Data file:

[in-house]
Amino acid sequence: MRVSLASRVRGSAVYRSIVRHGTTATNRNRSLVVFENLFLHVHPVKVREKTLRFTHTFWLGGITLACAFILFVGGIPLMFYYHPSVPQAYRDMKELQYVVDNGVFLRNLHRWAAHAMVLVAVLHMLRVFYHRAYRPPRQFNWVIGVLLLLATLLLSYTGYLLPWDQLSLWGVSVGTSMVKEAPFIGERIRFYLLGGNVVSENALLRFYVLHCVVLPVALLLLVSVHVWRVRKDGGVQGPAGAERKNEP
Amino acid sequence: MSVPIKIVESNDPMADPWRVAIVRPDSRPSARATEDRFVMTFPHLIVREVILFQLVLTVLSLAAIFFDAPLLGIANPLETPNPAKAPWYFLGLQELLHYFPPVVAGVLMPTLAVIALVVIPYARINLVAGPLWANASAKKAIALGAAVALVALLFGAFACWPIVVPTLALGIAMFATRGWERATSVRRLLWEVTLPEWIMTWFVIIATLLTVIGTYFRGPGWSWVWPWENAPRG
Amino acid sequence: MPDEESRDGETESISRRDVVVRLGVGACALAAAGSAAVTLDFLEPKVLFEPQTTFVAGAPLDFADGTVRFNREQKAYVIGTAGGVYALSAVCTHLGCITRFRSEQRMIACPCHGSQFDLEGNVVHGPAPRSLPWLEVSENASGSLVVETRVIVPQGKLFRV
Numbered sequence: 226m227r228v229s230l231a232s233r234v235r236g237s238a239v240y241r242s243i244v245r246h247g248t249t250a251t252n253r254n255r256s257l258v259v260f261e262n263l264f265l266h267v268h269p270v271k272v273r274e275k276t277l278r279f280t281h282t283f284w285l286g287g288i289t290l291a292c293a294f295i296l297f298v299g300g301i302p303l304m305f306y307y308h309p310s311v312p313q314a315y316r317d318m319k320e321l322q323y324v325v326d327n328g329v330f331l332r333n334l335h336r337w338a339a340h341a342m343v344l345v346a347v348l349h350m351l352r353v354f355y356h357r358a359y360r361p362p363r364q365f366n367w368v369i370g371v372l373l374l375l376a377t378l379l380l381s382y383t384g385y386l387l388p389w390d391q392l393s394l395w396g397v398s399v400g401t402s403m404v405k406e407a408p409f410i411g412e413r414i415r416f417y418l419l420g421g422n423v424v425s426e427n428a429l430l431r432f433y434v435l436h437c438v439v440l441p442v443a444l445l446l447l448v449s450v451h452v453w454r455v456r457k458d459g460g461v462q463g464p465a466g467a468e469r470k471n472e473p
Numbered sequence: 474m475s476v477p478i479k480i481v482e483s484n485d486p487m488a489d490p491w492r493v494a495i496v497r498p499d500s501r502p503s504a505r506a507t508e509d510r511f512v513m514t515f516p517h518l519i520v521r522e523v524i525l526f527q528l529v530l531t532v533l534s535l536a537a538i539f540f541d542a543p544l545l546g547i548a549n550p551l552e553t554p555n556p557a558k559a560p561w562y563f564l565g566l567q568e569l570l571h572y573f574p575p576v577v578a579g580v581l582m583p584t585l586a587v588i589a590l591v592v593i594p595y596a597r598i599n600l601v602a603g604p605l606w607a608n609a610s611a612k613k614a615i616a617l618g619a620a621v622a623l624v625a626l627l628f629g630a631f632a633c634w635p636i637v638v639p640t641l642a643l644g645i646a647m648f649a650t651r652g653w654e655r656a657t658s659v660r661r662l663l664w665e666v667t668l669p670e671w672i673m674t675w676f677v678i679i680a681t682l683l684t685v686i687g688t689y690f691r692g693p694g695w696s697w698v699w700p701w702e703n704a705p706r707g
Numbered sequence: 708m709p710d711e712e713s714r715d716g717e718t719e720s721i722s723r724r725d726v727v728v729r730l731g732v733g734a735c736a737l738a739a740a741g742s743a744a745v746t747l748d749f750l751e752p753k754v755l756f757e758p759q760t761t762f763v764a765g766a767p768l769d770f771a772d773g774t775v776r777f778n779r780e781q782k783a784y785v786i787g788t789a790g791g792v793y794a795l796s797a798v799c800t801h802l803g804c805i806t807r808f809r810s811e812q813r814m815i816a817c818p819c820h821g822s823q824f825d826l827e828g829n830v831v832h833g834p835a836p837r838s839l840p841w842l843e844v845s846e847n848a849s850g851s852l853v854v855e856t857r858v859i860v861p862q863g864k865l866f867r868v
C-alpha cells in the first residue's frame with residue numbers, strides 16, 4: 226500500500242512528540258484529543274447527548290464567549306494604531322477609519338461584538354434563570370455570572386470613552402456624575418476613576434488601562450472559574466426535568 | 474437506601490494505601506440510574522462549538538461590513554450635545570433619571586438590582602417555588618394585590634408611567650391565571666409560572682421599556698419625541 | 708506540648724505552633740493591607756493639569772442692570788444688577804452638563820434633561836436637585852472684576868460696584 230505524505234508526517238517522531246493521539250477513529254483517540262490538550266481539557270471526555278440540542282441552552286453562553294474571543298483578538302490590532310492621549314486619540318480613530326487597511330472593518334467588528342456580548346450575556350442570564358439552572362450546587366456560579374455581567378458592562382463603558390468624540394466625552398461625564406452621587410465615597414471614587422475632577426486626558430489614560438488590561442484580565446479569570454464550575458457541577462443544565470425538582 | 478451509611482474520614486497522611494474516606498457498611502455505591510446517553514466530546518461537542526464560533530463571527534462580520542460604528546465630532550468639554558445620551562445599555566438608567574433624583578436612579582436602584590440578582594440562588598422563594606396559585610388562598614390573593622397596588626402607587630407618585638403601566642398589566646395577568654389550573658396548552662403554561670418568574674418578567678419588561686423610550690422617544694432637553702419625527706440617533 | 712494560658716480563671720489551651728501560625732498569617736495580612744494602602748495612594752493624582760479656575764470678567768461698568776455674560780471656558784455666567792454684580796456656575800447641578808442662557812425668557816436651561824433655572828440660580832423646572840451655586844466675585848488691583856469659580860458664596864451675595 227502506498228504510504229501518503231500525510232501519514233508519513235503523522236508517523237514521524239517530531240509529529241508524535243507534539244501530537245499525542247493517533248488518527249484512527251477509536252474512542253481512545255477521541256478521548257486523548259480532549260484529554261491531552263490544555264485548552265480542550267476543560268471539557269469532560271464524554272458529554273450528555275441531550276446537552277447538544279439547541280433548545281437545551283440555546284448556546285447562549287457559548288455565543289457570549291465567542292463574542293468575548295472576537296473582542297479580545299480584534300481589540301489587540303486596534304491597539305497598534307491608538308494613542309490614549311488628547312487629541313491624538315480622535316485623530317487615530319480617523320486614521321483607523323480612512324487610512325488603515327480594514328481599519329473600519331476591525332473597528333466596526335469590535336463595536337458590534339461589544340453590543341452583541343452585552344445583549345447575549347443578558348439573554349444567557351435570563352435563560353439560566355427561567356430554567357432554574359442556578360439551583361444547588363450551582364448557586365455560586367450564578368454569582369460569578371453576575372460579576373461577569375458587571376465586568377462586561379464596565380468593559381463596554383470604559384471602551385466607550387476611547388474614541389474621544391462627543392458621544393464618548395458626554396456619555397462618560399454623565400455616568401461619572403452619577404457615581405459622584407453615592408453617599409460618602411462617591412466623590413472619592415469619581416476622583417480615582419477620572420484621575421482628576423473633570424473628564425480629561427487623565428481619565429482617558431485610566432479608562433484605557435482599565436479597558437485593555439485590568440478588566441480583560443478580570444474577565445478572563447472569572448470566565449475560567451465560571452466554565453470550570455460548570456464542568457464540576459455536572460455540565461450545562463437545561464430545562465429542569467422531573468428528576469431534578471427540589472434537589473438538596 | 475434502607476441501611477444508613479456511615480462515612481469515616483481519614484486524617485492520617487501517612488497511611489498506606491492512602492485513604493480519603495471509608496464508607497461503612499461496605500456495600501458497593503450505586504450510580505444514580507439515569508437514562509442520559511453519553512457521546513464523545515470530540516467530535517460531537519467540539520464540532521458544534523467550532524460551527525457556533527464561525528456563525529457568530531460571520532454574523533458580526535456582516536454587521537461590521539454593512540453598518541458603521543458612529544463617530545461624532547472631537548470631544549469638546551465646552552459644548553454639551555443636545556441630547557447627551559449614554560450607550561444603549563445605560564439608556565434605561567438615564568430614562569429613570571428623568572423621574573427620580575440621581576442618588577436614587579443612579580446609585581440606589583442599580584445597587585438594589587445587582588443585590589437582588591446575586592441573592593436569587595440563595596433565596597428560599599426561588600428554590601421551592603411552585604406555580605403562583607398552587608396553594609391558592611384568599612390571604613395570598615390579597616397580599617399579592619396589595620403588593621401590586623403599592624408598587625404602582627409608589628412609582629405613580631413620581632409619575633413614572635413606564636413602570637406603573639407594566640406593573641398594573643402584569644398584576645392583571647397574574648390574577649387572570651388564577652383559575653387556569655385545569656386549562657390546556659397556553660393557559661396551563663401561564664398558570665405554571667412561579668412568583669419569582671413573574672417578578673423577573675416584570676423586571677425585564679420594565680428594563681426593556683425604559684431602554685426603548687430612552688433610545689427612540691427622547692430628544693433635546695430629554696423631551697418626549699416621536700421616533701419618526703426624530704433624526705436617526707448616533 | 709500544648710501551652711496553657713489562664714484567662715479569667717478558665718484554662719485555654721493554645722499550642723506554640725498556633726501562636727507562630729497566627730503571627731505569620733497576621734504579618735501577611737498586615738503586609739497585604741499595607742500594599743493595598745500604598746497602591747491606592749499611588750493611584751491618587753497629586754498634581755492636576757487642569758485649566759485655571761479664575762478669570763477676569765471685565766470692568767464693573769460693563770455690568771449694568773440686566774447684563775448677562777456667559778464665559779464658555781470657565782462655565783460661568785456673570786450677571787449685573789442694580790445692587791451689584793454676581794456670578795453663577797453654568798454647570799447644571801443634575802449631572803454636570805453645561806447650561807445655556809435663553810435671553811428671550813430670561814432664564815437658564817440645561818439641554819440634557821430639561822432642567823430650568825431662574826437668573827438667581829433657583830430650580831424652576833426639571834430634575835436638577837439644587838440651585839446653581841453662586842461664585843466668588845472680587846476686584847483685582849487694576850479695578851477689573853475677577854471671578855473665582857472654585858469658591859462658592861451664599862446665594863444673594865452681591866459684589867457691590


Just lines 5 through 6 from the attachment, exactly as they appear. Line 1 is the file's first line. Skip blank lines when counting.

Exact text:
Numbered sequence: 226m227r228v229s230l231a232s233r234v235r236g237s238a239v240y241r242s243i244v245r246h247g248t249t250a251t252n253r254n255r256s257l258v259v260f261e262n263l264f265l266h267v268h269p270v271k272v273r274e275k276t277l278r279f280t281h282t283f284w285l286g287g288i289t290l291a292c293a294f295i296l297f298v299g300g301i302p303l304m305f306y307y308h309p310s311v312p313q314a315y316r317d318m319k320e321l322q323y324v325v326d327n328g329v330f331l332r333n334l335h336r337w338a339a340h341a342m343v344l345v346a347v348l349h350m351l352r353v354f355y356h357r358a359y360r361p362p363r364q365f366n367w368v369i370g371v372l373l374l375l376a377t378l379l380l381s382y383t384g385y386l387l388p389w390d391q392l393s394l395w396g397v398s399v400g401t402s403m404v405k406e407a408p409f410i411g412e413r414i415r416f417y418l419l420g421g422n423v424v425s426e427n428a429l430l431r432f433y434v435l436h437c438v439v440l441p442v443a444l445l446l447l448v449s450v451h452v453w454r455v456r457k458d459g460g461v462q463g464p465a466g467a468e469r470k471n472e473p
Numbered sequence: 474m475s476v477p478i479k480i481v482e483s484n485d486p487m488a489d490p491w492r493v494a495i496v497r498p499d500s501r502p503s504a505r506a507t508e509d510r511f512v513m514t515f516p517h518l519i520v521r522e523v524i525l526f527q528l529v530l531t532v533l534s535l536a537a538i539f540f541d542a543p544l545l546g547i548a549n550p551l552e553t554p555n556p557a558k559a560p561w562y563f564l565g566l567q568e569l570l571h572y573f574p575p576v577v578a579g580v581l582m583p584t585l586a587v588i589a590l591v592v593i594p595y596a597r598i599n600l601v602a603g604p605l606w607a608n609a610s611a612k613k614a615i616a617l618g619a620a621v622a623l624v625a626l627l628f629g630a631f632a633c634w635p636i637v638v639p640t641l642a643l644g645i646a647m648f649a650t651r652g653w654e655r656a657t658s659v660r661r662l663l664w665e666v667t668l669p670e671w672i673m674t675w676f677v678i679i680a681t682l683l684t685v686i687g688t689y690f691r692g693p694g695w696s697w698v699w700p701w702e703n704a705p706r707g